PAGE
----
A routine for examining propositions

1. E = Excited
What excites you about this idea or proposition? What's the upside?

2. W = Worrisome
What do you find worrisome about this idea or proposition?
What's the downside?

3. N = Need to Know
What else do you need to know to find out about this idea or proposition? What additional information would help you to evaluate things?

4. S = Stance or Suggestion for Moving Forward
What is your current stance or opinion on the idea or proposition? How might you move forward in your evaluation of this idea or proposition?

Purpose: Why use this routine?
To help students flesh out an idea or proposition and eventually evaluate it.
Application: When and where can I use it?
This routine works well to explore various sides and facets of a proposition or idea prior to taking a stand or expressing an opinion on it. For instance, the school may be considering the idea of a dress code, a teacher might present the class with idea of altering the room arrangement, a character in a book might be confronted with making a choice, a politician might be putting forth a new way of structuring taxes, and so on.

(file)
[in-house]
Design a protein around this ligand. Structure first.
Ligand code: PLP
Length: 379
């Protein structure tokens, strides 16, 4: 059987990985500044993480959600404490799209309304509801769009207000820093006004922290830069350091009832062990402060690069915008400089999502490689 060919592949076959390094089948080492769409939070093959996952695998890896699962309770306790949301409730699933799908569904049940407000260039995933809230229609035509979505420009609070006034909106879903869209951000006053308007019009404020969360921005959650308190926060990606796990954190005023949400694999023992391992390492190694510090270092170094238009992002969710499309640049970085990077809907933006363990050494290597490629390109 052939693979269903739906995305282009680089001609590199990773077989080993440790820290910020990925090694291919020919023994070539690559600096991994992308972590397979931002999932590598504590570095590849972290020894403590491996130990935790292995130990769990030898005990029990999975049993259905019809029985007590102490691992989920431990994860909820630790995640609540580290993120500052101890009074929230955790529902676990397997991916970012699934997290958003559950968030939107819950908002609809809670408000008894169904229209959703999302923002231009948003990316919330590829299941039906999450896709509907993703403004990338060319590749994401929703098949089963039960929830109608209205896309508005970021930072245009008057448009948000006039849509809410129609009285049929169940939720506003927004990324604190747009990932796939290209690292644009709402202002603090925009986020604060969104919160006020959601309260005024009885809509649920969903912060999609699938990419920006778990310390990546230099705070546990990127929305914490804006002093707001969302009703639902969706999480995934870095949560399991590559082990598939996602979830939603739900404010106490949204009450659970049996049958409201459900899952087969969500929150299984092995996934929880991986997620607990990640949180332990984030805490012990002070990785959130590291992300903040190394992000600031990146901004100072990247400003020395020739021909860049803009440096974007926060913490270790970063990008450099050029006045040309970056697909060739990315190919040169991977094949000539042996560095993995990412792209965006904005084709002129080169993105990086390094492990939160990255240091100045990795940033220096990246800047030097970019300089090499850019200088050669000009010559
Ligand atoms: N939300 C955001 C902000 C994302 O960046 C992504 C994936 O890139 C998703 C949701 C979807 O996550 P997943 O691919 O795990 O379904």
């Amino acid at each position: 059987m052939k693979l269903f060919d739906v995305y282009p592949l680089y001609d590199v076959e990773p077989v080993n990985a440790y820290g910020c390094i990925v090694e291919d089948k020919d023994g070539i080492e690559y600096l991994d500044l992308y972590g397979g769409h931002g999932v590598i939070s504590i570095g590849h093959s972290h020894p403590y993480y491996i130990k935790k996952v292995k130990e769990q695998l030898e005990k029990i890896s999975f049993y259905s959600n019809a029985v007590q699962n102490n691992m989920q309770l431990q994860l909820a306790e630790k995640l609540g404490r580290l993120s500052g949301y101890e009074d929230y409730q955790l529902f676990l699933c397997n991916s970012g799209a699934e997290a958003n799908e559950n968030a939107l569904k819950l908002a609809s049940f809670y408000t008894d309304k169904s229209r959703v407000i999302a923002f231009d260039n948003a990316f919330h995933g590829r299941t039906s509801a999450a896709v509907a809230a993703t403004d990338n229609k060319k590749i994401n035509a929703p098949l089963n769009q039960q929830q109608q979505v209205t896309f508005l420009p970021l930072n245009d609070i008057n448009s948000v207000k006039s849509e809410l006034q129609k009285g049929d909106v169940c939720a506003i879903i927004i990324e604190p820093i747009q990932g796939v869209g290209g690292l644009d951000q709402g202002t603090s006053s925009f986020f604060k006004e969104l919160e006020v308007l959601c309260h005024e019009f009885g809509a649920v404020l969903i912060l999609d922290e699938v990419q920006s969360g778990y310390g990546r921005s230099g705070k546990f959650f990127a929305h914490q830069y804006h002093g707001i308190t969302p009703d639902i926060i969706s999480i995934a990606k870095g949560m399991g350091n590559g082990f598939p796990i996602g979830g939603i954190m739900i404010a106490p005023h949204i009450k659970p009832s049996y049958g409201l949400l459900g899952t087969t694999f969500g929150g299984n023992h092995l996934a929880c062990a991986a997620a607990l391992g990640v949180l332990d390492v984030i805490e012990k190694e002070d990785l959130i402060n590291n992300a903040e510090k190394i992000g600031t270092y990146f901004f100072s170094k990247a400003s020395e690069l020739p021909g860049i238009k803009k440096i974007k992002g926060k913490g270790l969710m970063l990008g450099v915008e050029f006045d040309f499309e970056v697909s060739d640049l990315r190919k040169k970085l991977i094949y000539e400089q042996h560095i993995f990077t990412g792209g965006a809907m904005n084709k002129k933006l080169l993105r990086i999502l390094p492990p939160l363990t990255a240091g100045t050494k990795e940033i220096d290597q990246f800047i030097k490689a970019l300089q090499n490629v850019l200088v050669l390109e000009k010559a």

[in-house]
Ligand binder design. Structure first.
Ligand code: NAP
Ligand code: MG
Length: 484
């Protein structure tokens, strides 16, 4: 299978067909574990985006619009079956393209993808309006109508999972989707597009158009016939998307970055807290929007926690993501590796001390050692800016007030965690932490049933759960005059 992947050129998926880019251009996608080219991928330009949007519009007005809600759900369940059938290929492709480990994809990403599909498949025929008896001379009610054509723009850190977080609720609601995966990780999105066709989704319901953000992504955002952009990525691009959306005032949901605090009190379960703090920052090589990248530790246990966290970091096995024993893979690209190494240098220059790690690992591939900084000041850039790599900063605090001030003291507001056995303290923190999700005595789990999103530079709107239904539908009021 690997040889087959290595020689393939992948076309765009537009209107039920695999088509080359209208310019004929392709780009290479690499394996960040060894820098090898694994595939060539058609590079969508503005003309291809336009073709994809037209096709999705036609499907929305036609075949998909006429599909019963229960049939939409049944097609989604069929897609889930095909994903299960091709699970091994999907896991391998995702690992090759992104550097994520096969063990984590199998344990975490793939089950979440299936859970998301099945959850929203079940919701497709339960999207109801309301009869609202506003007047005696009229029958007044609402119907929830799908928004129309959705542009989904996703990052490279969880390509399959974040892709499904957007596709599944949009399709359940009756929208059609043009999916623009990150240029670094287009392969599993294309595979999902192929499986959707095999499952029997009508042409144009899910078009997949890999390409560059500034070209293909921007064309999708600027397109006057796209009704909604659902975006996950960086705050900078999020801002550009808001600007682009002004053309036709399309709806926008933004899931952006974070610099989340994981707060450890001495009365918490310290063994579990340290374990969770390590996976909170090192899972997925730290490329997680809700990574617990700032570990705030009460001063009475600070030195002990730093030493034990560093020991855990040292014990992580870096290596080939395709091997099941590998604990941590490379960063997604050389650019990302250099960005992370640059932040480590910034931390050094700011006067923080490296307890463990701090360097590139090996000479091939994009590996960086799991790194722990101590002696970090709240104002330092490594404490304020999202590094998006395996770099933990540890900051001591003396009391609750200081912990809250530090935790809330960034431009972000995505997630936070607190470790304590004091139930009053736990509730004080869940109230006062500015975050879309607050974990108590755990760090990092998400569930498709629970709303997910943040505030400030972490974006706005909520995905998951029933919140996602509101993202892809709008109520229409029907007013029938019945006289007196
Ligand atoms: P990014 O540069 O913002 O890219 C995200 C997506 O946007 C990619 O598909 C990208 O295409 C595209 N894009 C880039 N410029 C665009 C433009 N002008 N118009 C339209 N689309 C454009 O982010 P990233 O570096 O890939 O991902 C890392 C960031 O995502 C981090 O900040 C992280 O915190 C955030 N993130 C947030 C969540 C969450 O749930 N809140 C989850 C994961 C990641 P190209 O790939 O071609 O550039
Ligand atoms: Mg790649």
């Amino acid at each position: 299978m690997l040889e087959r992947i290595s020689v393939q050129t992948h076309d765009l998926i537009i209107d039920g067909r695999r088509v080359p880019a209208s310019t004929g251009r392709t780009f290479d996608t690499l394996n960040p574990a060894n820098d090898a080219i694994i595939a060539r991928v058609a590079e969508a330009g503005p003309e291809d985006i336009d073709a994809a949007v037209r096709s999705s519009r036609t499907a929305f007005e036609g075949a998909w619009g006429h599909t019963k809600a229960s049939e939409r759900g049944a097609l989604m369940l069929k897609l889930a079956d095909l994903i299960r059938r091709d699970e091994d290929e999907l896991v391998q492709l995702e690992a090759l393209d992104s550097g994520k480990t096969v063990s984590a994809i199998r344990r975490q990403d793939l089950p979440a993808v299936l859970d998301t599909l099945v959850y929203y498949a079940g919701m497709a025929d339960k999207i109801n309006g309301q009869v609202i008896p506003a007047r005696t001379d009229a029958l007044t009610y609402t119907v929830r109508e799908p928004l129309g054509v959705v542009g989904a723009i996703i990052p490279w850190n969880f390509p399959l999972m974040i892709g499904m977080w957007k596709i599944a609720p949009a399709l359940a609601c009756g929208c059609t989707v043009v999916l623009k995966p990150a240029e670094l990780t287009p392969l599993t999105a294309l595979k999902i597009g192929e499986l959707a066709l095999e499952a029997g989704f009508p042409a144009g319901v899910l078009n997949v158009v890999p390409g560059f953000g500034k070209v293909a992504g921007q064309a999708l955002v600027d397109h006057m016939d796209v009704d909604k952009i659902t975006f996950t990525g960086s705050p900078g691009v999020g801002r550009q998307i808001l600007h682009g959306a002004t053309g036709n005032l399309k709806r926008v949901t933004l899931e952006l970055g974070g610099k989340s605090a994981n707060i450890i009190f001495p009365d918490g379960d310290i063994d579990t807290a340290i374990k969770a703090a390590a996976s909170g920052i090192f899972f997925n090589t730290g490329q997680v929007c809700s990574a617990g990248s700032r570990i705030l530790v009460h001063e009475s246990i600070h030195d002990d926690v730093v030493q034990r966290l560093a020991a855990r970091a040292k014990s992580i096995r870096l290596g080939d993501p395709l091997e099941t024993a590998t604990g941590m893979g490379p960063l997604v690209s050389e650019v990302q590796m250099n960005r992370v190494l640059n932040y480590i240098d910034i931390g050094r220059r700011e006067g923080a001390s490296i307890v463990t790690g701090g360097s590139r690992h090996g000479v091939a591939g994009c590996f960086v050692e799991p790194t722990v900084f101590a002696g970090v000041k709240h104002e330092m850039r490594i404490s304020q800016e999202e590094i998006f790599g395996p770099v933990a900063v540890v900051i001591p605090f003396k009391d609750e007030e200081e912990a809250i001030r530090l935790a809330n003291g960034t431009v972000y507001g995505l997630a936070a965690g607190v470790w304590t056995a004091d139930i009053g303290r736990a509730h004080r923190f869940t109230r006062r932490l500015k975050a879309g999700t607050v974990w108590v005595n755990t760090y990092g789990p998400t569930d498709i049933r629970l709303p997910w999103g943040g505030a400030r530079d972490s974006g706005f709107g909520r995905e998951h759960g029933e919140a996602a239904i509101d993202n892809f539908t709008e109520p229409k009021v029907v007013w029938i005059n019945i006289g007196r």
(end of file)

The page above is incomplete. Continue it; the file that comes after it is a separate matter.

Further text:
Launch: What are some tips for starting and using this routine?
The routine needs to be modeled with the whole group initially with responses recorded for the entire class to see. This enables students to build on each other’s ideas. You might record responses using the directions of a compass to provide a visual anchor. That is, draw a compass in the center of the board and then record responses corresponding the appropriate direction: E, W, N, or S. It is generally easiest for students to begin with what is exciting or positive about the idea or proposition and then move to worrisome and need to know. Students might be asked to write down their individual stance or suggestion for moving forward after the initial group discussion.
You can also ask students to make an initial judgment or evaluation of the idea or proposition
before doing the compass points and then ask


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